Bare-chested Shia men strike their body with chains or walk barefoot over burning coal while uttering cries of anguish for the torture that Hussain suffered.


January 2, 2009

The English word Christmas has been derived from the words Christ`s Mass (from old English) meaning Mass on Chirst’s Day. The term Christmas is also abbreviated as Xmas, in which ‘X’ has been used for Christ in Roman. Christmas festival is known by different names like: Nativity, Incarnation, Winter Pascha, Yule Tide and Noel.

Christmas Tree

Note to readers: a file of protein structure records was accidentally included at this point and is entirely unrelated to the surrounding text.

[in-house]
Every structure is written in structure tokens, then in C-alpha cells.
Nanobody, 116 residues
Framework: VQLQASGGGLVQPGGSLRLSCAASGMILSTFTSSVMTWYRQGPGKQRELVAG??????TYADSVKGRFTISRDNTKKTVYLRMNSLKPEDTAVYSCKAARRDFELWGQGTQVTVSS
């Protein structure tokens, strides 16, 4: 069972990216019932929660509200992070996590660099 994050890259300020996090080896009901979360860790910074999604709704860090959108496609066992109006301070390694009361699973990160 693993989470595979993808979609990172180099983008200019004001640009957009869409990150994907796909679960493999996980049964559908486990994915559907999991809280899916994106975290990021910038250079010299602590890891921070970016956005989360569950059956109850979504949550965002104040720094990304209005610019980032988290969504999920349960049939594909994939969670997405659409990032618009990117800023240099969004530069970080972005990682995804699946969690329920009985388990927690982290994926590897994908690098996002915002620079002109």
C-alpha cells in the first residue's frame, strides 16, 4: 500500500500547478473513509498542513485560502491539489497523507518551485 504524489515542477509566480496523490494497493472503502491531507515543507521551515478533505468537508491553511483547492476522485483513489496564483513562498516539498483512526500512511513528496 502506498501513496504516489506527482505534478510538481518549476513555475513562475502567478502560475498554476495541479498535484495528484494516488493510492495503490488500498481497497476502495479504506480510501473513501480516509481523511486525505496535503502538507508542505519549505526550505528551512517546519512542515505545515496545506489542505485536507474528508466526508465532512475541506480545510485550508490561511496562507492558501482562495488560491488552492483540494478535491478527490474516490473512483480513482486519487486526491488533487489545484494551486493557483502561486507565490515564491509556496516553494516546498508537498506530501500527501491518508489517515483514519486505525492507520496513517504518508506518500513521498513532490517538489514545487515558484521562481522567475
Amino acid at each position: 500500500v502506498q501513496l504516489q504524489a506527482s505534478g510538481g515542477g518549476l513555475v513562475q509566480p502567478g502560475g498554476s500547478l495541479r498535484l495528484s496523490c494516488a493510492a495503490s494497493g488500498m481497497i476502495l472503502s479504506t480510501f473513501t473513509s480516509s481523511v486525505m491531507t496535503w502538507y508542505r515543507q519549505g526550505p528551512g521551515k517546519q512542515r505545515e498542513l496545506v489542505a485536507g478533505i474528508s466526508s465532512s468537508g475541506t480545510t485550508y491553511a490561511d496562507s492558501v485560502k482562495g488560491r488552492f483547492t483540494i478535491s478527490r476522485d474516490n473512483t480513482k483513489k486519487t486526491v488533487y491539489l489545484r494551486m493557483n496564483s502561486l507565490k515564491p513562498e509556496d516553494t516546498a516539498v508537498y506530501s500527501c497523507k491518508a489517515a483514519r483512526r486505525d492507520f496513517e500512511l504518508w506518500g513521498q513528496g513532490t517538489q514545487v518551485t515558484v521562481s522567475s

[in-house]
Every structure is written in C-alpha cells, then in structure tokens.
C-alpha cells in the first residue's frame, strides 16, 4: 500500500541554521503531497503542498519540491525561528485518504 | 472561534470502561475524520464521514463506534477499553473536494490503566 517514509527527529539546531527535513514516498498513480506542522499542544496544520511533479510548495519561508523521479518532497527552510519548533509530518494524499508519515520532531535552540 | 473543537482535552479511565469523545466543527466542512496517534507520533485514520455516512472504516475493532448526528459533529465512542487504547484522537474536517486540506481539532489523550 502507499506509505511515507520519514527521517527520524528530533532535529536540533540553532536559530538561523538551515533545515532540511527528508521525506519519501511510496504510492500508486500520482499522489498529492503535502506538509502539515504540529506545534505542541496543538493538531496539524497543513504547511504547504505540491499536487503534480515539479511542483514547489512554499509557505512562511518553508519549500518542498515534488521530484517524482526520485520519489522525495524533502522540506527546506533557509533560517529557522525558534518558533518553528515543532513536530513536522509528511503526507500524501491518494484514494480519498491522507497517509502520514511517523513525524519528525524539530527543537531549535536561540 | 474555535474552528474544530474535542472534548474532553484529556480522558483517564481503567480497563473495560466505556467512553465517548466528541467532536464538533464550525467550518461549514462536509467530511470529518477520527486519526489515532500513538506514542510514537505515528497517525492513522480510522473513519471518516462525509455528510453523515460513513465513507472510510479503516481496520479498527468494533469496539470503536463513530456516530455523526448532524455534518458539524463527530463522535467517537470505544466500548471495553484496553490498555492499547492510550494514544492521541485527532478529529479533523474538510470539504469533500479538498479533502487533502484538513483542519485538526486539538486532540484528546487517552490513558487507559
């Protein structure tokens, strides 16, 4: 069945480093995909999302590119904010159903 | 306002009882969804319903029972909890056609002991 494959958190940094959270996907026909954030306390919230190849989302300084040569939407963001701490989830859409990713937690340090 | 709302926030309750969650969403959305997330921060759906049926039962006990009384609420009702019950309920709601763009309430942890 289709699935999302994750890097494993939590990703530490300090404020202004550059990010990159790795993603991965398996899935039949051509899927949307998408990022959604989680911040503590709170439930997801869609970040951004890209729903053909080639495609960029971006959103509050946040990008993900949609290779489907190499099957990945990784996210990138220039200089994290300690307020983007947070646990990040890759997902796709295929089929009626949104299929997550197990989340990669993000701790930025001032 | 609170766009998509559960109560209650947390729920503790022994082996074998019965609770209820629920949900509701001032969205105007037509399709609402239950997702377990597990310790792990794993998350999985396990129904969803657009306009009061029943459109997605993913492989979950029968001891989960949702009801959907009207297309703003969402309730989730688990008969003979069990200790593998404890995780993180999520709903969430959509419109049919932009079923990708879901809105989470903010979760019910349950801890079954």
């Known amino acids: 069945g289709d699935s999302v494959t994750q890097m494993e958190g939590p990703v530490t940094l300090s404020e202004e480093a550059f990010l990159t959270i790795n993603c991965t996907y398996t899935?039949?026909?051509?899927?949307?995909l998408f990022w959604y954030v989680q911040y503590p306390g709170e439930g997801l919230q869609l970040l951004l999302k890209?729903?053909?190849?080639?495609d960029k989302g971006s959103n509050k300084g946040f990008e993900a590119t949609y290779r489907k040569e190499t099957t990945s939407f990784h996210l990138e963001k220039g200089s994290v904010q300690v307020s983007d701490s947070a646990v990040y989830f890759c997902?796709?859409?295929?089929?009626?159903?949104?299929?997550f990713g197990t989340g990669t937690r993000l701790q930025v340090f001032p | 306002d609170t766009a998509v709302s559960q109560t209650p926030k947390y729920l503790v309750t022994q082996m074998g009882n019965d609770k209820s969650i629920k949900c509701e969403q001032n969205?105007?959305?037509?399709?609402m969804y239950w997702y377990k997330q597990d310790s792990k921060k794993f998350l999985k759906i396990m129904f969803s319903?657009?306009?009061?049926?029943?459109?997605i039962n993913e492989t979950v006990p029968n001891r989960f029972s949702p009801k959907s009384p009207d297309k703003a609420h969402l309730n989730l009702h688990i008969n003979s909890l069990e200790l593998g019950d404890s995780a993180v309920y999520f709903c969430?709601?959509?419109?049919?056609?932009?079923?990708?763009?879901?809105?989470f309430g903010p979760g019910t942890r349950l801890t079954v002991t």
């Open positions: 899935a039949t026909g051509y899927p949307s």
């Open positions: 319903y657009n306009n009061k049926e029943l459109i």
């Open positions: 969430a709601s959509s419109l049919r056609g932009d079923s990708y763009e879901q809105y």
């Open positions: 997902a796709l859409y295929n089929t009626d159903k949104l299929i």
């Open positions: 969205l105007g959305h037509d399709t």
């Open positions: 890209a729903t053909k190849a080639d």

Christmas also called Christmas Day, is celebrated as the birthday of Jesus Christ-the founder of Christianity. The Christmas day is chiefly marked every year on 25th December by the Christians but the festival of Christmas gives the message of affection, peace, brotherhood and fraternity among all so it transcends the barricades of color, caste and creeds and celebrated by non-Christians as well, all over the world.

Santa Claus


The fun, gaiety, joy and excitement associated with Christmas has made it a social-cultural festival which is observed with special prayers, Church celebrations, family get-together, gifts giving, adorning the homes with beautiful decorative, lights, stars, Christmas tree, Santa Claus, is an important part of Christmas celebrations who is loved by all, specially children, and brings gifts in his red sack on the day of Christmas.